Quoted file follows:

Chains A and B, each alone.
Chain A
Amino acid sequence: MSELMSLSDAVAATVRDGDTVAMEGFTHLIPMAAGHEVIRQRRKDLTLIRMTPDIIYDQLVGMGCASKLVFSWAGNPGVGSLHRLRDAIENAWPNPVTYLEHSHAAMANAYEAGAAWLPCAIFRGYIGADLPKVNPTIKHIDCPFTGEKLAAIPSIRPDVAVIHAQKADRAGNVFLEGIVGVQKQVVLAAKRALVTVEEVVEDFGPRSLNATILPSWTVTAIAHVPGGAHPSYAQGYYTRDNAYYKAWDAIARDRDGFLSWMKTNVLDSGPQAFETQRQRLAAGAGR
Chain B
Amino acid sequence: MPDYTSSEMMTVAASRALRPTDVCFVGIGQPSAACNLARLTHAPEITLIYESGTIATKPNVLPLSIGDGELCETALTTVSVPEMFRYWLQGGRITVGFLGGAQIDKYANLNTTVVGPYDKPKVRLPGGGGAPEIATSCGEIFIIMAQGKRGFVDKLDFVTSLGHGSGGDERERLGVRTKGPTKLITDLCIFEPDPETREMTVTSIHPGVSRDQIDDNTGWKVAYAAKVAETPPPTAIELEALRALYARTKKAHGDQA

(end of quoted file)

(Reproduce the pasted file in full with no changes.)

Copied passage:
Chains A and B, each alone.
Chain A
Amino acid sequence: MSELMSLSDAVAATVRDGDTVAMEGFTHLIPMAAGHEVIRQRRKDLTLIRMTPDIIYDQLVGMGCASKLVFSWAGNPGVGSLHRLRDAIENAWPNPVTYLEHSHAAMANAYEAGAAWLPCAIFRGYIGADLPKVNPTIKHIDCPFTGEKLAAIPSIRPDVAVIHAQKADRAGNVFLEGIVGVQKQVVLAAKRALVTVEEVVEDFGPRSLNATILPSWTVTAIAHVPGGAHPSYAQGYYTRDNAYYKAWDAIARDRDGFLSWMKTNVLDSGPQAFETQRQRLAAGAGR
Chain B
Amino acid sequence: MPDYTSSEMMTVAASRALRPTDVCFVGIGQPSAACNLARLTHAPEITLIYESGTIATKPNVLPLSIGDGELCETALTTVSVPEMFRYWLQGGRITVGFLGGAQIDKYANLNTTVVGPYDKPKVRLPGGGGAPEIATSCGEIFIIMAQGKRGFVDKLDFVTSLGHGSGGDERERLGVRTKGPTKLITDLCIFEPDPETREMTVTSIHPGVSRDQIDDNTGWKVAYAAKVAETPPPTAIELEALRALYARTKKAHGDQA